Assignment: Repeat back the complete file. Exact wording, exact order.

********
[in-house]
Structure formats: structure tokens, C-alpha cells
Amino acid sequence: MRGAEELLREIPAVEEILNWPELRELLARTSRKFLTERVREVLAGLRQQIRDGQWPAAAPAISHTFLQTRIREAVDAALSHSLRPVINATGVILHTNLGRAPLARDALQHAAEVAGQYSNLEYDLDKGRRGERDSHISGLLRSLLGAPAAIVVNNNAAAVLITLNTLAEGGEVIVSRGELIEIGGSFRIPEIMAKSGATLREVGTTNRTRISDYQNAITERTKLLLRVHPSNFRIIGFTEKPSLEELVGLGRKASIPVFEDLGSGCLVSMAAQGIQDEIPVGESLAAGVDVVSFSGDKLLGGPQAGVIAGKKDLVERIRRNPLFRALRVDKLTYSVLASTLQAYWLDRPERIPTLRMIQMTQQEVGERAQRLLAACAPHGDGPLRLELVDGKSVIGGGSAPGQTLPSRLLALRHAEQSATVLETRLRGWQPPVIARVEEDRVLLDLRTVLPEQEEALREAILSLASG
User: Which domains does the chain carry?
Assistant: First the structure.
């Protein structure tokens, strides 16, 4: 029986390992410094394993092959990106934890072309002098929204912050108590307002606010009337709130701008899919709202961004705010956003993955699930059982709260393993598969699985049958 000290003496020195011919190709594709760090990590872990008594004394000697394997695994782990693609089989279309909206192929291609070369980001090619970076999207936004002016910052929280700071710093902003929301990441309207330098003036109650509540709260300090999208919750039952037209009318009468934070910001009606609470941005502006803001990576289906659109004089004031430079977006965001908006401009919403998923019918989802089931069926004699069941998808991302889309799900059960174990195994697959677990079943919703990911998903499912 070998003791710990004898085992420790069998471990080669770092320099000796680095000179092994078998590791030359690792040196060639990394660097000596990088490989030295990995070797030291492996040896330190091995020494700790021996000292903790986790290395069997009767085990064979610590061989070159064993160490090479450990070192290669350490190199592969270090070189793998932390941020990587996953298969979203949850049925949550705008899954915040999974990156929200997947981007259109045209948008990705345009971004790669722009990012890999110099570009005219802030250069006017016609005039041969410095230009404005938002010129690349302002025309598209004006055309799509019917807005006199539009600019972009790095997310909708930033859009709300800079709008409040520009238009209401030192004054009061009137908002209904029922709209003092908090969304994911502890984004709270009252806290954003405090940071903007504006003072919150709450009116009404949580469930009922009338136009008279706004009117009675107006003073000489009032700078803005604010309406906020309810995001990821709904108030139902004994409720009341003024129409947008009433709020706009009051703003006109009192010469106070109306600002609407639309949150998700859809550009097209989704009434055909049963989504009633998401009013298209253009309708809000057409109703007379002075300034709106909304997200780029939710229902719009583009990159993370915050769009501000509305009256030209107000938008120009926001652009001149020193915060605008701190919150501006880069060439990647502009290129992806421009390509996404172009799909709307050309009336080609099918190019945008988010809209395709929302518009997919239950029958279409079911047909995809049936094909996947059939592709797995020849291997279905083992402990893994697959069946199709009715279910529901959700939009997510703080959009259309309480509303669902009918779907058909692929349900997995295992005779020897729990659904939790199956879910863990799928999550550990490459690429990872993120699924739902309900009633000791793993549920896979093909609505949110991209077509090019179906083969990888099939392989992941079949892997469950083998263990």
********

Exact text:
[in-house]
Structure formats: structure tokens, C-alpha cells
Amino acid sequence: MRGAEELLREIPAVEEILNWPELRELLARTSRKFLTERVREVLAGLRQQIRDGQWPAAAPAISHTFLQTRIREAVDAALSHSLRPVINATGVILHTNLGRAPLARDALQHAAEVAGQYSNLEYDLDKGRRGERDSHISGLLRSLLGAPAAIVVNNNAAAVLITLNTLAEGGEVIVSRGELIEIGGSFRIPEIMAKSGATLREVGTTNRTRISDYQNAITERTKLLLRVHPSNFRIIGFTEKPSLEELVGLGRKASIPVFEDLGSGCLVSMAAQGIQDEIPVGESLAAGVDVVSFSGDKLLGGPQAGVIAGKKDLVERIRRNPLFRALRVDKLTYSVLASTLQAYWLDRPERIPTLRMIQMTQQEVGERAQRLLAACAPHGDGPLRLELVDGKSVIGGGSAPGQTLPSRLLALRHAEQSATVLETRLRGWQPPVIARVEEDRVLLDLRTVLPEQEEALREAILSLASG
User: Which domains does the chain carry?
Assistant: First the structure.
């Protein structure tokens, strides 16, 4: 029986390992410094394993092959990106934890072309002098929204912050108590307002606010009337709130701008899919709202961004705010956003993955699930059982709260393993598969699985049958 000290003496020195011919190709594709760090990590872990008594004394000697394997695994782990693609089989279309909206192929291609070369980001090619970076999207936004002016910052929280700071710093902003929301990441309207330098003036109650509540709260300090999208919750039952037209009318009468934070910001009606609470941005502006803001990576289906659109004089004031430079977006965001908006401009919403998923019918989802089931069926004699069941998808991302889309799900059960174990195994697959677990079943919703990911998903499912 070998003791710990004898085992420790069998471990080669770092320099000796680095000179092994078998590791030359690792040196060639990394660097000596990088490989030295990995070797030291492996040896330190091995020494700790021996000292903790986790290395069997009767085990064979610590061989070159064993160490090479450990070192290669350490190199592969270090070189793998932390941020990587996953298969979203949850049925949550705008899954915040999974990156929200997947981007259109045209948008990705345009971004790669722009990012890999110099570009005219802030250069006017016609005039041969410095230009404005938002010129690349302002025309598209004006055309799509019917807005006199539009600019972009790095997310909708930033859009709300800079709008409040520009238009209401030192004054009061009137908002209904029922709209003092908090969304994911502890984004709270009252806290954003405090940071903007504006003072919150709450009116009404949580469930009922009338136009008279706004009117009675107006003073000489009032700078803005604010309406906020309810995001990821709904108030139902004994409720009341003024129409947008009433709020706009009051703003006109009192010469106070109306600002609407639309949150998700859809550009097209989704009434055909049963989504009633998401009013298209253009309708809000057409109703007379002075300034709106909304997200780029939710229902719009583009990159993370915050769009501000509305009256030209107000938008120009926001652009001149020193915060605008701190919150501006880069060439990647502009290129992806421009390509996404172009799909709307050309009336080609099918190019945008988010809209395709929302518009997919239950029958279409079911047909995809049936094909996947059939592709797995020849291997279905083992402990893994697959069946199709009715279910529901959700939009997510703080959009259309309480509303669902009918779907058909692929349900997995295992005779020897729990659904939790199956879910863990799928999550550990490459690429990872993120699924739902309900009633000791793993549920896979093909609505949110991209077509090019179906083969990888099939392989992941079949892997469950083998263990």